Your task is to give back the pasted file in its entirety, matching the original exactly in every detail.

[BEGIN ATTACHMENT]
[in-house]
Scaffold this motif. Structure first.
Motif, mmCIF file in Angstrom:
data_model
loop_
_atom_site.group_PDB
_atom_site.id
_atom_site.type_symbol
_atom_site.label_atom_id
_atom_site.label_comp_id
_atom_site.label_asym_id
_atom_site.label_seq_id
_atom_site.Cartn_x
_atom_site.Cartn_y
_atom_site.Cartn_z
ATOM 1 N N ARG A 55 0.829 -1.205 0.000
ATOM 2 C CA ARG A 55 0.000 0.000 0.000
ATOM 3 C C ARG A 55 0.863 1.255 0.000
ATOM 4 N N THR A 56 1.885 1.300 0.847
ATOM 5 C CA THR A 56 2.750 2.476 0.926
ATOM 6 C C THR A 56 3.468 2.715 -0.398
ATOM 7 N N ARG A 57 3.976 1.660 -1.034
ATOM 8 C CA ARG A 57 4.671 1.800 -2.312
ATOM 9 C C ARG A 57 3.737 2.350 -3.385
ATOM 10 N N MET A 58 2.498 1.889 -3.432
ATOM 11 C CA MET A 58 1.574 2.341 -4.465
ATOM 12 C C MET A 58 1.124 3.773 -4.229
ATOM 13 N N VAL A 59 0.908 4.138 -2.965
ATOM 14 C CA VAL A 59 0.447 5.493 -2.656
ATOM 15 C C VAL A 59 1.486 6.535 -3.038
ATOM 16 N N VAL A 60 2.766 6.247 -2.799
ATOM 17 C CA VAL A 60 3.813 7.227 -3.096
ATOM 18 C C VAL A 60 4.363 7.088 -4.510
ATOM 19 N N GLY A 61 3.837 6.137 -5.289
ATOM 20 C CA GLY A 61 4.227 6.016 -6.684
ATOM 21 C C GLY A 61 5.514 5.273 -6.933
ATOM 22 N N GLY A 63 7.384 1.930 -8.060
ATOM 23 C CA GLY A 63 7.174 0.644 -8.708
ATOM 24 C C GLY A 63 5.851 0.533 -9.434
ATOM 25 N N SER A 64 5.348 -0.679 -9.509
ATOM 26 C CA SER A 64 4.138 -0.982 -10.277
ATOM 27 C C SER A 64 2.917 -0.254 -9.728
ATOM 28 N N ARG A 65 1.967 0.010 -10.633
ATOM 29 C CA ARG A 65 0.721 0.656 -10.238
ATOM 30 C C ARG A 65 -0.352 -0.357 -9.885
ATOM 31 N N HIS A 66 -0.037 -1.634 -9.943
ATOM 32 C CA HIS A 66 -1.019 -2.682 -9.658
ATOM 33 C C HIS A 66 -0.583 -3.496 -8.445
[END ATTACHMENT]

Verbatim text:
[in-house]
Scaffold this motif. Structure first.
Motif, mmCIF file in Angstrom:
data_model
loop_
_atom_site.group_PDB
_atom_site.id
_atom_site.type_symbol
_atom_site.label_atom_id
_atom_site.label_comp_id
_atom_site.label_asym_id
_atom_site.label_seq_id
_atom_site.Cartn_x
_atom_site.Cartn_y
_atom_site.Cartn_z
ATOM 1 N N ARG A 55 0.829 -1.205 0.000
ATOM 2 C CA ARG A 55 0.000 0.000 0.000
ATOM 3 C C ARG A 55 0.863 1.255 0.000
ATOM 4 N N THR A 56 1.885 1.300 0.847
ATOM 5 C CA THR A 56 2.750 2.476 0.926
ATOM 6 C C THR A 56 3.468 2.715 -0.398
ATOM 7 N N ARG A 57 3.976 1.660 -1.034
ATOM 8 C CA ARG A 57 4.671 1.800 -2.312
ATOM 9 C C ARG A 57 3.737 2.350 -3.385
ATOM 10 N N MET A 58 2.498 1.889 -3.432
ATOM 11 C CA MET A 58 1.574 2.341 -4.465
ATOM 12 C C MET A 58 1.124 3.773 -4.229
ATOM 13 N N VAL A 59 0.908 4.138 -2.965
ATOM 14 C CA VAL A 59 0.447 5.493 -2.656
ATOM 15 C C VAL A 59 1.486 6.535 -3.038
ATOM 16 N N VAL A 60 2.766 6.247 -2.799
ATOM 17 C CA VAL A 60 3.813 7.227 -3.096
ATOM 18 C C VAL A 60 4.363 7.088 -4.510
ATOM 19 N N GLY A 61 3.837 6.137 -5.289
ATOM 20 C CA GLY A 61 4.227 6.016 -6.684
ATOM 21 C C GLY A 61 5.514 5.273 -6.933
ATOM 22 N N GLY A 63 7.384 1.930 -8.060
ATOM 23 C CA GLY A 63 7.174 0.644 -8.708
ATOM 24 C C GLY A 63 5.851 0.533 -9.434
ATOM 25 N N SER A 64 5.348 -0.679 -9.509
ATOM 26 C CA SER A 64 4.138 -0.982 -10.277
ATOM 27 C C SER A 64 2.917 -0.254 -9.728
ATOM 28 N N ARG A 65 1.967 0.010 -10.633
ATOM 29 C CA ARG A 65 0.721 0.656 -10.238
ATOM 30 C C ARG A 65 -0.352 -0.357 -9.885
ATOM 31 N N HIS A 66 -0.037 -1.634 -9.943
ATOM 32 C CA HIS A 66 -1.019 -2.682 -9.658
ATOM 33 C C HIS A 66 -0.583 -3.496 -8.445